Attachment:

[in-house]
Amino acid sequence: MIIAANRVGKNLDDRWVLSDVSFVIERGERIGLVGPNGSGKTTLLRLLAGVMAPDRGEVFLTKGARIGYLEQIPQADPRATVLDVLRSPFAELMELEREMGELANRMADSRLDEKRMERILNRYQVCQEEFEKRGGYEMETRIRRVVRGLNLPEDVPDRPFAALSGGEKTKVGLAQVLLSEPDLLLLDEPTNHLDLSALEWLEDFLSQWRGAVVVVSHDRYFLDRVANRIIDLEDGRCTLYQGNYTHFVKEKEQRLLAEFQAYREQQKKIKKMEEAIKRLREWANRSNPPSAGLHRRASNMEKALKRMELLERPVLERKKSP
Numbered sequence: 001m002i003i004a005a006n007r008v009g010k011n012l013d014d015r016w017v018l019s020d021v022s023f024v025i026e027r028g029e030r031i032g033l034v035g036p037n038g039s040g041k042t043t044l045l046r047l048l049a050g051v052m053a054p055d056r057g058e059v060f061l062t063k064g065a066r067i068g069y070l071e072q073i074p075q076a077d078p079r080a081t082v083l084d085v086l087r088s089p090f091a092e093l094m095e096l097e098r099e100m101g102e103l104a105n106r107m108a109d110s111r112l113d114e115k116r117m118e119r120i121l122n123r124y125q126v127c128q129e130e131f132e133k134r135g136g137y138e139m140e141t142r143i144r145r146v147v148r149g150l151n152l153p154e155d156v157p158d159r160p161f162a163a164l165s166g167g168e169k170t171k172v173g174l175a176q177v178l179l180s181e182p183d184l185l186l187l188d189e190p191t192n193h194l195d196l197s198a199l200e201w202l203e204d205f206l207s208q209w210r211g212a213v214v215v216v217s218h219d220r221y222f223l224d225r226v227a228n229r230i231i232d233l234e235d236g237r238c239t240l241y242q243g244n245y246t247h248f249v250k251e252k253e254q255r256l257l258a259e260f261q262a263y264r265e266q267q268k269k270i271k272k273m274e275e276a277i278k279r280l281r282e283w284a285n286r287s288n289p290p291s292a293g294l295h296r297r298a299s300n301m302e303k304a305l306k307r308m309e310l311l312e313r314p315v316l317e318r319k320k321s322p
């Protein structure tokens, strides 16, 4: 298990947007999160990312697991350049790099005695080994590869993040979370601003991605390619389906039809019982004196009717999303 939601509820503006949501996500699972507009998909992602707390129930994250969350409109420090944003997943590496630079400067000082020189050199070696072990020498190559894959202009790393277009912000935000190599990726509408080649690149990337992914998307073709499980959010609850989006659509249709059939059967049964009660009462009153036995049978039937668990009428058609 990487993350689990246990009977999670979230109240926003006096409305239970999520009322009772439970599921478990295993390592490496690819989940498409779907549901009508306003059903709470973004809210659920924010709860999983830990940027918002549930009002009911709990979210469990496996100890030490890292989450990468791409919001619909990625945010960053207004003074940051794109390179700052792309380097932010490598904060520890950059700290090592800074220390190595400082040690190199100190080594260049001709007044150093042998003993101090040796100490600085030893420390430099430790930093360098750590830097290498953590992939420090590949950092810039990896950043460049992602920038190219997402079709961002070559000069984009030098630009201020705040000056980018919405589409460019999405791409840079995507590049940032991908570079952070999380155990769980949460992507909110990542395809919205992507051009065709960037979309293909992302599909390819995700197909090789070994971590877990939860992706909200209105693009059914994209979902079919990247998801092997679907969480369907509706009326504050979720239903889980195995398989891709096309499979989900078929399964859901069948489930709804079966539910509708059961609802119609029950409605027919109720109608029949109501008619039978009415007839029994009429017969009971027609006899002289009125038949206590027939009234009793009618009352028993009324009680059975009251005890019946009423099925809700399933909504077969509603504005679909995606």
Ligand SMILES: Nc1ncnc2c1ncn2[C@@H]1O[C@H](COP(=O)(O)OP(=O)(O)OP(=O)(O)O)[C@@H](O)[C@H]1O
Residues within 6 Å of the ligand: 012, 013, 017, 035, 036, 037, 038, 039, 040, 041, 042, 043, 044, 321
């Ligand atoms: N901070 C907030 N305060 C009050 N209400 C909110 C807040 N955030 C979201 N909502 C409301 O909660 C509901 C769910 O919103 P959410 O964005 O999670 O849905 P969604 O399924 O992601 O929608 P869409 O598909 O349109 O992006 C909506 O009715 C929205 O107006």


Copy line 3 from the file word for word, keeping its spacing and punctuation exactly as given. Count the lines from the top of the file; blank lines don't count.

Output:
Numbered sequence: 001m002i003i004a005a006n007r008v009g010k011n012l013d014d015r016w017v018l019s020d021v022s023f024v025i026e027r028g029e030r031i032g033l034v035g036p037n038g039s040g041k042t043t044l045l046r047l048l049a050g051v052m053a054p055d056r057g058e059v060f061l062t063k064g065a066r067i068g069y070l071e072q073i074p075q076a077d078p079r080a081t082v083l084d085v086l087r088s089p090f091a092e093l094m095e096l097e098r099e100m101g102e103l104a105n106r107m108a109d110s111r112l113d114e115k116r117m118e119r120i121l122n123r124y125q126v127c128q129e130e131f132e133k134r135g136g137y138e139m140e141t142r143i144r145r146v147v148r149g150l151n152l153p154e155d156v157p158d159r160p161f162a163a164l165s166g167g168e169k170t171k172v173g174l175a176q177v178l179l180s181e182p183d184l185l186l187l188d189e190p191t192n193h194l195d196l197s198a199l200e201w202l203e204d205f206l207s208q209w210r211g212a213v214v215v216v217s218h219d220r221y222f223l224d225r226v227a228n229r230i231i232d233l234e235d236g237r238c239t240l241y242q243g244n245y246t247h248f249v250k251e252k253e254q255r256l257l258a259e260f261q262a263y264r265e266q267q268k269k270i271k272k273m274e275e276a277i278k279r280l281r282e283w284a285n286r287s288n289p290p291s292a293g294l295h296r297r298a299s300n301m302e303k304a305l306k307r308m309e310l311l312e313r314p315v316l317e318r319k320k321s322p